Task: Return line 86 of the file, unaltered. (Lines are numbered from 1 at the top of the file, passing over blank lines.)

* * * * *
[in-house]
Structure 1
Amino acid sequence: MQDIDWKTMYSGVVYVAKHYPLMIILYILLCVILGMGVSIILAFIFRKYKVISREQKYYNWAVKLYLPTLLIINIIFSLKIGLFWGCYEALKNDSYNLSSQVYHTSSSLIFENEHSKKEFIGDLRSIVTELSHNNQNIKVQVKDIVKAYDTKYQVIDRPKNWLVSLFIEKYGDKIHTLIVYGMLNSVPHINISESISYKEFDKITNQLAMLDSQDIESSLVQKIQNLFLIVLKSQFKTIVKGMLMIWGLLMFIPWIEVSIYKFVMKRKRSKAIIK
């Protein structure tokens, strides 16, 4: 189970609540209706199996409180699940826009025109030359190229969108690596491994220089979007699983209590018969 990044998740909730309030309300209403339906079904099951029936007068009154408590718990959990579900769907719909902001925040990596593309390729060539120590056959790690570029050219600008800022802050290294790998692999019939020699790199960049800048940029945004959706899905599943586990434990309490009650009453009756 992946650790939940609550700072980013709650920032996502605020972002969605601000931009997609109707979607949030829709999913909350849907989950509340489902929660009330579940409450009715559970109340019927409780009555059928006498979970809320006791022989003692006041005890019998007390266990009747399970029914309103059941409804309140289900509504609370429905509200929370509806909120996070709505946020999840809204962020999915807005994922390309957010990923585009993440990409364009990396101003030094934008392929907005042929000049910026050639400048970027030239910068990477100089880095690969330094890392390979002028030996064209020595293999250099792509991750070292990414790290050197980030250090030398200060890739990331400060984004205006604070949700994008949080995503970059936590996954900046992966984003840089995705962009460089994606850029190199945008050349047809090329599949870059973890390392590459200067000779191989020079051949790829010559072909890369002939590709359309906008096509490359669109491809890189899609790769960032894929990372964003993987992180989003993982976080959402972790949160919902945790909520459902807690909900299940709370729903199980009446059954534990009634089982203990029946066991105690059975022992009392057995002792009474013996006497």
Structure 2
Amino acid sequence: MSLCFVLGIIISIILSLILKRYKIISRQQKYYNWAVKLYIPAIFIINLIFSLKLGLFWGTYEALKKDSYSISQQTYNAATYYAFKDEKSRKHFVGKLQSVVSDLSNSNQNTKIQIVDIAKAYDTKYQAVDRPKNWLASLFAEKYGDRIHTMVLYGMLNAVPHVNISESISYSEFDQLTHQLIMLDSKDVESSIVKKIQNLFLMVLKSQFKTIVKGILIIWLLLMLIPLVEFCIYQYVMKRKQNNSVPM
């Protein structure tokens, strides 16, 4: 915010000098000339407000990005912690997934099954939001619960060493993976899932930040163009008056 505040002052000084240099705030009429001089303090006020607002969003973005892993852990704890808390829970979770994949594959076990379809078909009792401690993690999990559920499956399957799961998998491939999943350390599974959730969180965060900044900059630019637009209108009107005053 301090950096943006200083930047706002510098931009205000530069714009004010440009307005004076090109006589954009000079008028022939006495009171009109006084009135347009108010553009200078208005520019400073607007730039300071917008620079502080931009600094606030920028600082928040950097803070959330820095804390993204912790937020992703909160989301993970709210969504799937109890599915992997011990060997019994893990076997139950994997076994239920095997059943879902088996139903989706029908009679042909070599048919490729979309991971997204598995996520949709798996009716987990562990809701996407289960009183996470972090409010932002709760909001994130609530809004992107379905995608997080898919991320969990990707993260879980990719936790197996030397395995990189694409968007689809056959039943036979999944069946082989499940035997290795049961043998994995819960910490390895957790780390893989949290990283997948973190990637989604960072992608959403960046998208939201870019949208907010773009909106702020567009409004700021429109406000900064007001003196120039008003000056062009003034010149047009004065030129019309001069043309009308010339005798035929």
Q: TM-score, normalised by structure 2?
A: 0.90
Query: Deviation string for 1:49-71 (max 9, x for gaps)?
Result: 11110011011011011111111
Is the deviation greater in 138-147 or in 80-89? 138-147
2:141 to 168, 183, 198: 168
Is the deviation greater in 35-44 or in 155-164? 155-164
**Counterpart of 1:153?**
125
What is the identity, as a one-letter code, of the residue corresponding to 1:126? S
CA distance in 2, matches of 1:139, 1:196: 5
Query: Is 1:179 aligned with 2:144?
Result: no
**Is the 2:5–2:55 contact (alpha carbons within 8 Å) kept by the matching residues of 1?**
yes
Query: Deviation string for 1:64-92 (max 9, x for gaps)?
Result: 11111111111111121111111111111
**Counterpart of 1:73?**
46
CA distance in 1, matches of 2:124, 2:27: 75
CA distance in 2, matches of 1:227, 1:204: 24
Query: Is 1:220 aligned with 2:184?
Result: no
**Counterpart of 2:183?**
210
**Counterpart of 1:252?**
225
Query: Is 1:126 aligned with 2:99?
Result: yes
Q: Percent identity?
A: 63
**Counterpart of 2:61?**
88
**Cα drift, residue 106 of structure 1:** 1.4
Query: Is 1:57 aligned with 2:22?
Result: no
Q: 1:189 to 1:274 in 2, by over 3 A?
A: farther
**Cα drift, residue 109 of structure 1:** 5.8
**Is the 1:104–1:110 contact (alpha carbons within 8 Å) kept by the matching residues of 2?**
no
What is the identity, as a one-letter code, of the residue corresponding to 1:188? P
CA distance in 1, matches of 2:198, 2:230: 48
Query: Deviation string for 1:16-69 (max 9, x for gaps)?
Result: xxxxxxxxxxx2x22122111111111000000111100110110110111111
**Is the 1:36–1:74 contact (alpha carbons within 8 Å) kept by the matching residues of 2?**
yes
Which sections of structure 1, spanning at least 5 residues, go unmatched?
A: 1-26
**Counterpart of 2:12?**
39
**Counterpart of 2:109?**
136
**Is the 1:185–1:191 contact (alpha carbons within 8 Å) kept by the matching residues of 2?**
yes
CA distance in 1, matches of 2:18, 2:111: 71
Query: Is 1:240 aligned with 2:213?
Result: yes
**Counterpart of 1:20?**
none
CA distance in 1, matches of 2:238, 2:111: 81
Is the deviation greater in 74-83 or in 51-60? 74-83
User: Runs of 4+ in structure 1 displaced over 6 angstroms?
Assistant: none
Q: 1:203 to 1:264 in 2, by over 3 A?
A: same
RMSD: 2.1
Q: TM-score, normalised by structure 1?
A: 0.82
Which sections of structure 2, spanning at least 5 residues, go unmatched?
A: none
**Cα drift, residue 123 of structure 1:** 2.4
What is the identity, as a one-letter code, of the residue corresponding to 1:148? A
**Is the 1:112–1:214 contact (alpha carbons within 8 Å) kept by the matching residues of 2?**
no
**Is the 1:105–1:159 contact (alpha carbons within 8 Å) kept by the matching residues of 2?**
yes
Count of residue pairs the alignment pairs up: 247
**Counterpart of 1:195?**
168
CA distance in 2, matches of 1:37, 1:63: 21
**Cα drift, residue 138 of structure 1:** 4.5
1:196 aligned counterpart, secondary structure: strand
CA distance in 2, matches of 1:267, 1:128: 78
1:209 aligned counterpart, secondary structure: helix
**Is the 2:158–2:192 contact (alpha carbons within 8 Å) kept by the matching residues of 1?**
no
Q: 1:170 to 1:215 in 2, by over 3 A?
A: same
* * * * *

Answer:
**Counterpart of 1:195?**